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Frequency, Reach, & Yield

Chad Counselman Frequency
Chad Counselman

How have you worked to increase your gross sales in the past? Have you sent out mailers? Hired an outside sales rep? Made cold calls? Shared your data through a third-party? 

I stumbled across a simple idea a few years ago that changed the way I focus on increasing gross sales. Before I get ahead of myself, let me backup and explain another truth I live by: You can’t improve what you don’t measure. By measuring anything, you focus on it and start working to influence it. An example of this would be weighing yourself every morning when you get out of bed. By making a simple, mental note of your weight, you modify what you eat and how much you exercise on that one day. If you weigh on a daily basis, you will probably be working to lose weight or, at least, maintain your existing weight. By measuring it and knowing where you stand, you empower yourself to make minor adjustments on a daily basis that allow you to eventually reach your goal.

My goal is 175 lbs and this morning’s scale reading was 190.8. Do you think that measurement modified what I ate and how much I exercised today? You bet it did. I have a goal, a plan, and a desire to achieve it. I have a clearly-defined goal, a plan for how to achieve it, and I measure my results on a daily basis. Now, let’s use that same idea to influence the gross sales at your facility.

Gross Sales can be broken down to three basic factors: Frequency, Reach, and Yield. Let me explain what I mean by each of these terms:

Frequency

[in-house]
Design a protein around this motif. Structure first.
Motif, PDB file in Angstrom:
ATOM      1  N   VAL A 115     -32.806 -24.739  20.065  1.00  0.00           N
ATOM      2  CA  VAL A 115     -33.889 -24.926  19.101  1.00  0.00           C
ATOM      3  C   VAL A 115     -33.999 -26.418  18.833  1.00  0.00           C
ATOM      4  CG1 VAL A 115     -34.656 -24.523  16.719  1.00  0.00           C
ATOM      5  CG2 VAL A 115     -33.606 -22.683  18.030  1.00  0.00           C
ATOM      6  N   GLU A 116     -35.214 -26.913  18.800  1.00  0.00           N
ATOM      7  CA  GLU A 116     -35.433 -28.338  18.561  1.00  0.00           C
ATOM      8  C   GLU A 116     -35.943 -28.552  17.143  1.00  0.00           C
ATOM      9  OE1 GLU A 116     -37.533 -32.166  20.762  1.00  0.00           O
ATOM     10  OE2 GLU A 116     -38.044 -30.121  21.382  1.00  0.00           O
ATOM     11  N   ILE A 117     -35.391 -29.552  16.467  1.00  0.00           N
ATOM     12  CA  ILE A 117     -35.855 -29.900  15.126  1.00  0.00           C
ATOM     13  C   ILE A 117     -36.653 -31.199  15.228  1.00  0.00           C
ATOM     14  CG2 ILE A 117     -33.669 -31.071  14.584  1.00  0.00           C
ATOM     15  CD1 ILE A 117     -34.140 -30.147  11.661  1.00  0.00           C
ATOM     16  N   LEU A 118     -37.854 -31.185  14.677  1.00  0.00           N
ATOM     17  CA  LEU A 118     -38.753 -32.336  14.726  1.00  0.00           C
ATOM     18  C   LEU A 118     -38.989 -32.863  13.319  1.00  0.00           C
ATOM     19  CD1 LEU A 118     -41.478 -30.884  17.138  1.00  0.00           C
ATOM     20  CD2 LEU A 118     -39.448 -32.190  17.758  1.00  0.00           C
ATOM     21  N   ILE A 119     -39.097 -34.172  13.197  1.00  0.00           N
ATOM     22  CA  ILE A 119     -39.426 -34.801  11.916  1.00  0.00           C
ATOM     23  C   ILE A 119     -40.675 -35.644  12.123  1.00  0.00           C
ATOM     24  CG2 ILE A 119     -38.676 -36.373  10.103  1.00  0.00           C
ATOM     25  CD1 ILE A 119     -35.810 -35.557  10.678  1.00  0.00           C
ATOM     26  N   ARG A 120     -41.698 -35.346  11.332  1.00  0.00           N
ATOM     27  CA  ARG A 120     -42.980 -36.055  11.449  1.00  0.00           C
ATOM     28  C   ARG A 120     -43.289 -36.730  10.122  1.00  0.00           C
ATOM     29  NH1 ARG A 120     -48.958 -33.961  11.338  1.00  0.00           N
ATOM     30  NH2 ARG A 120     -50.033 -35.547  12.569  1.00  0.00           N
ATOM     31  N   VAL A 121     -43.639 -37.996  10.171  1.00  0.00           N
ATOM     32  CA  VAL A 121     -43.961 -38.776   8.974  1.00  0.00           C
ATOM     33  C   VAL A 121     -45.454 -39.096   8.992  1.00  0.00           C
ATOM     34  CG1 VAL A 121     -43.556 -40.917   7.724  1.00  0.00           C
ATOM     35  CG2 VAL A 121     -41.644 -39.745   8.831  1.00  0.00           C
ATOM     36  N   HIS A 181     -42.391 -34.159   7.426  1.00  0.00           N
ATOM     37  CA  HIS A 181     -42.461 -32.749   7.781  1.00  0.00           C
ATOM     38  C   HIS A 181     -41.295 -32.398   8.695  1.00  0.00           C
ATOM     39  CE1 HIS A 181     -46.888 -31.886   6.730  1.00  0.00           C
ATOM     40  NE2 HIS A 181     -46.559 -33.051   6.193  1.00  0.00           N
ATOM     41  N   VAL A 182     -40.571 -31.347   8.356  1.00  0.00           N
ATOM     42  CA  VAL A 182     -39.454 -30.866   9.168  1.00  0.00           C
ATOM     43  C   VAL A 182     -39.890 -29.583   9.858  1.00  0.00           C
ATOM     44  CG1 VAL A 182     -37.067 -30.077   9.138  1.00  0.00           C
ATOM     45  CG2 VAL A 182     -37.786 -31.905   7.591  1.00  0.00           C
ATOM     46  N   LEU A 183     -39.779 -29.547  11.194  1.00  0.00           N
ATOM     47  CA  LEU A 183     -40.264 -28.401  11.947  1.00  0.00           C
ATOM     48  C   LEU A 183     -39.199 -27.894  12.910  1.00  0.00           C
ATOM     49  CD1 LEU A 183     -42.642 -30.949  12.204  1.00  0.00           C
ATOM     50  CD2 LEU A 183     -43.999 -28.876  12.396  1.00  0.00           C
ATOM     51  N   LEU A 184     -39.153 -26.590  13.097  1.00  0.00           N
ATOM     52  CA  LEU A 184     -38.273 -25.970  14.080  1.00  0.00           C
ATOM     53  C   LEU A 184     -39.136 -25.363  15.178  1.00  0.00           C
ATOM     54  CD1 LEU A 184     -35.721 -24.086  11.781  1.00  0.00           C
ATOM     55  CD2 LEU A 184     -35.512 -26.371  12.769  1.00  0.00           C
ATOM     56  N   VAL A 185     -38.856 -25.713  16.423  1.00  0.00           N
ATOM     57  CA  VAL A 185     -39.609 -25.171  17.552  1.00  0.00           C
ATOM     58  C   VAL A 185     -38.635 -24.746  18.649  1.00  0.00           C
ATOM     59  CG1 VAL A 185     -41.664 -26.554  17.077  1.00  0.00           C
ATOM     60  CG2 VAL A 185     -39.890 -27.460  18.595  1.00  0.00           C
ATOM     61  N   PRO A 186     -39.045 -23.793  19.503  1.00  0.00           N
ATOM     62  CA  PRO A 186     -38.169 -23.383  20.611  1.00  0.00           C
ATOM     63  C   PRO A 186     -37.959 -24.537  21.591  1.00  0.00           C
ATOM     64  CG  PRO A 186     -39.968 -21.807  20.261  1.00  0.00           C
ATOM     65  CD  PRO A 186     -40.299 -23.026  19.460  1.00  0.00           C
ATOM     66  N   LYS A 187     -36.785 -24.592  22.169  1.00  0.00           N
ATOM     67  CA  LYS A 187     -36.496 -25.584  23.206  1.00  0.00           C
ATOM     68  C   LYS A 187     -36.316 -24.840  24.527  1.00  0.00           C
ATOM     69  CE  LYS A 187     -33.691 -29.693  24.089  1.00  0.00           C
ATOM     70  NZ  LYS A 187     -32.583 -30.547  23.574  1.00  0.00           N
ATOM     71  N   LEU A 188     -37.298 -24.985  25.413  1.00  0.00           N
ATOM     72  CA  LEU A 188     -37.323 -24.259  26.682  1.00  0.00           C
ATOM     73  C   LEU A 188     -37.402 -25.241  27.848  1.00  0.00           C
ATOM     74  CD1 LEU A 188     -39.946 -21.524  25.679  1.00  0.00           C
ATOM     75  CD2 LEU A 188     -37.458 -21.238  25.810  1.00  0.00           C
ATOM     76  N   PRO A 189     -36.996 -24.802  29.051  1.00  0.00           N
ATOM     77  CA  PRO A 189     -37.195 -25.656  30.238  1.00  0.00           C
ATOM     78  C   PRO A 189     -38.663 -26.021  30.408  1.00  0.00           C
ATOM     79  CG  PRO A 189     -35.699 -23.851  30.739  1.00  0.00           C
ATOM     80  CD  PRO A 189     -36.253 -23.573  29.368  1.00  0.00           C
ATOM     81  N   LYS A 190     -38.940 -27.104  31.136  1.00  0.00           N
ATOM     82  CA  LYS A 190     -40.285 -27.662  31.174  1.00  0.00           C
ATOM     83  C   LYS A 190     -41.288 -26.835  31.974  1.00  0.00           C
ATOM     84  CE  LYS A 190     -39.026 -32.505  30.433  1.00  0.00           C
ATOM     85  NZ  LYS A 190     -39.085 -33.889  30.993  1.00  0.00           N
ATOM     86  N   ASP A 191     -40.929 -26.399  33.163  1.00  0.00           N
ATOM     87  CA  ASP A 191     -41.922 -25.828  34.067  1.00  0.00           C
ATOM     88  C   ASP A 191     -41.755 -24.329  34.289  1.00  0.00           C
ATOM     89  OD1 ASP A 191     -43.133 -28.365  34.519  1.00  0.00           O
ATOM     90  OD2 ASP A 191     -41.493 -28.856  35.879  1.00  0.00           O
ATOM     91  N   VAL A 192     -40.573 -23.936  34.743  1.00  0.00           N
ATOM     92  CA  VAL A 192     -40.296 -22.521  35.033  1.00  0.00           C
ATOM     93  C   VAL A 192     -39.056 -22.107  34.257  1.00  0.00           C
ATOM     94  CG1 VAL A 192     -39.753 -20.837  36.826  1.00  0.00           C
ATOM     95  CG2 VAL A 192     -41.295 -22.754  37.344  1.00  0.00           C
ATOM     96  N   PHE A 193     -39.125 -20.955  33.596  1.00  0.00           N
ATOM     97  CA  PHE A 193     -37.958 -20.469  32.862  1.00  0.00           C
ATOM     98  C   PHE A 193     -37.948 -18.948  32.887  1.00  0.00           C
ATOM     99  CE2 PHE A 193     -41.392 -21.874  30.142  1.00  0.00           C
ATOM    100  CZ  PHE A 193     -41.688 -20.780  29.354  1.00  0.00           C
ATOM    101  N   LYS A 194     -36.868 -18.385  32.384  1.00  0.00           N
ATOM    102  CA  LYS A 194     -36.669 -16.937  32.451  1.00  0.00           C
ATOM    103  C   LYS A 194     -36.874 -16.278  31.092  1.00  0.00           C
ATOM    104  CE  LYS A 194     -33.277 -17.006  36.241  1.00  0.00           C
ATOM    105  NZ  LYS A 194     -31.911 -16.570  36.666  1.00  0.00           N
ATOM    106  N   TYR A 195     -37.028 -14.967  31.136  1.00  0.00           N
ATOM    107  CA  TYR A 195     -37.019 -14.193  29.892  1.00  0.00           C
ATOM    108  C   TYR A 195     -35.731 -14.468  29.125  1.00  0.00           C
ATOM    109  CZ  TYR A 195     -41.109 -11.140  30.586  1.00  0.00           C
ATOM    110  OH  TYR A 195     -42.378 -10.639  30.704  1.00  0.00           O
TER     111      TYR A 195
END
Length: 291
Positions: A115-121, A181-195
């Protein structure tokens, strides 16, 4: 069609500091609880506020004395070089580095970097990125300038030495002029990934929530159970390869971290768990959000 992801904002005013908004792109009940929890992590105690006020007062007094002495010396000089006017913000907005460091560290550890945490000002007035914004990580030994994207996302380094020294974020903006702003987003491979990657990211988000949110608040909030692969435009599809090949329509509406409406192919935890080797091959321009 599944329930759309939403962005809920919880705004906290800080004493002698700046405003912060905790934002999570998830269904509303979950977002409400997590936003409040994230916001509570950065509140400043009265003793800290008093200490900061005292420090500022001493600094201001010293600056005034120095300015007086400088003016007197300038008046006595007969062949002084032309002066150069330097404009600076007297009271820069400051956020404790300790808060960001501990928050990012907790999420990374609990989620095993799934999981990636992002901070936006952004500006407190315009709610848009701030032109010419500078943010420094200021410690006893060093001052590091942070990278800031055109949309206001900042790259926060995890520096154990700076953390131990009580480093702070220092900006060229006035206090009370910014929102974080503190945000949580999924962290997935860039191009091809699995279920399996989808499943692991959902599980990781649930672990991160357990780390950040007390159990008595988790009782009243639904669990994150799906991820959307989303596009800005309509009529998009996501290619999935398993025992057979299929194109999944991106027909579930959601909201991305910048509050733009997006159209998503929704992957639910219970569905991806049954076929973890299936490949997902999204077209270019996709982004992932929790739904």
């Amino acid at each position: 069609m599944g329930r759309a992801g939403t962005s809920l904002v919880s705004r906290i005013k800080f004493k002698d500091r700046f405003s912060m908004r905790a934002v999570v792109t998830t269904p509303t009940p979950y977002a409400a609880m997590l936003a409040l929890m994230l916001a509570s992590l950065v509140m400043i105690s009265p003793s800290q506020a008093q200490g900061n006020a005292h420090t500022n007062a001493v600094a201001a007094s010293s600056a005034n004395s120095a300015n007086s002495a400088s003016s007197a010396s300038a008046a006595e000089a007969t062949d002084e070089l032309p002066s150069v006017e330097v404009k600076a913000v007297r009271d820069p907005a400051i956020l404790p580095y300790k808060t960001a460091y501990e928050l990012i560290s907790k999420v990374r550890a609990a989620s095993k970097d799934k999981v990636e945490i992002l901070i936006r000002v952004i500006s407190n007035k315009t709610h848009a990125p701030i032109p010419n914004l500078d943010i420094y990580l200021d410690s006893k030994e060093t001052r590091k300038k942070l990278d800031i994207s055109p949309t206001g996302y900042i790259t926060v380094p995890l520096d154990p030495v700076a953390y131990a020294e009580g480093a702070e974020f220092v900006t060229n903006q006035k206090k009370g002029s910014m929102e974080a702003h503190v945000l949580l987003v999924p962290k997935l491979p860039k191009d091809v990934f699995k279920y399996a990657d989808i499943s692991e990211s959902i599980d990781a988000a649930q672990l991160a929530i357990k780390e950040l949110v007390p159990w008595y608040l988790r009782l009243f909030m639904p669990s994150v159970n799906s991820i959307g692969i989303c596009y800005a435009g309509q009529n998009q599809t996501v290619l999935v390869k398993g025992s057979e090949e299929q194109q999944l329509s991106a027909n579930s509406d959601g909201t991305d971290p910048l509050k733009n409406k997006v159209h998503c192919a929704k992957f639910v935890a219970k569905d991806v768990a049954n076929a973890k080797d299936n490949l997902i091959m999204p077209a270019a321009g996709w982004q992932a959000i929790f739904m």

Frequency is the number of parts that are sold to a specific customer over a set amount of time. I like to use one month as the unit of measurement for this tool. I developed a system that allowed me to measure the number of parts that are sold to each customer over a single month. For example: I sold 8 parts to XYZ Body Shop in March and 2 parts to ABC Body shop in the same month. For this simple example, we will assume that I only had two customers in the month of March – ABC & XYZ. For the month of March, I averaged 5 parts per customer. This is the simple average [(8+2=10); (10/2=5)] of the two results. By knowing this number, I can now start experimenting with ideas to increase it. I found that service and relationships both influence repeat-purchases. I began to work to improve delivery times, quality of the part delivered, and driver training. At the same time I began to work with the sales team. I know that people order parts from salespeople that they like and trust. I started by asking a basic question: do my salespeople KNOW their customers? Do they know the number of kids they have? Their birthdate? Their anniversary? If they don’t know those simple facts about their customer, can I expect that customer to buy more parts from us? Maybe: price is a factor in this example, too. But, for this example I’m going to focus on Service and Relationships. I found that by measuring the frequency of times that a customer buys a part from us and by sharing that measurement with the sales team and the delivery team, they would use that data to treat the customer differently. By defining a goal of 8 parts per month, when a customer is identified as only buying 2 parts per month, everyone involved with that customer is going to work to help that relationship. You just saw it: because I measured the data, my team worked to improve it. Increasing the frequency that a customer buys from me is only one-third of the formula. Let’s look at the next factor.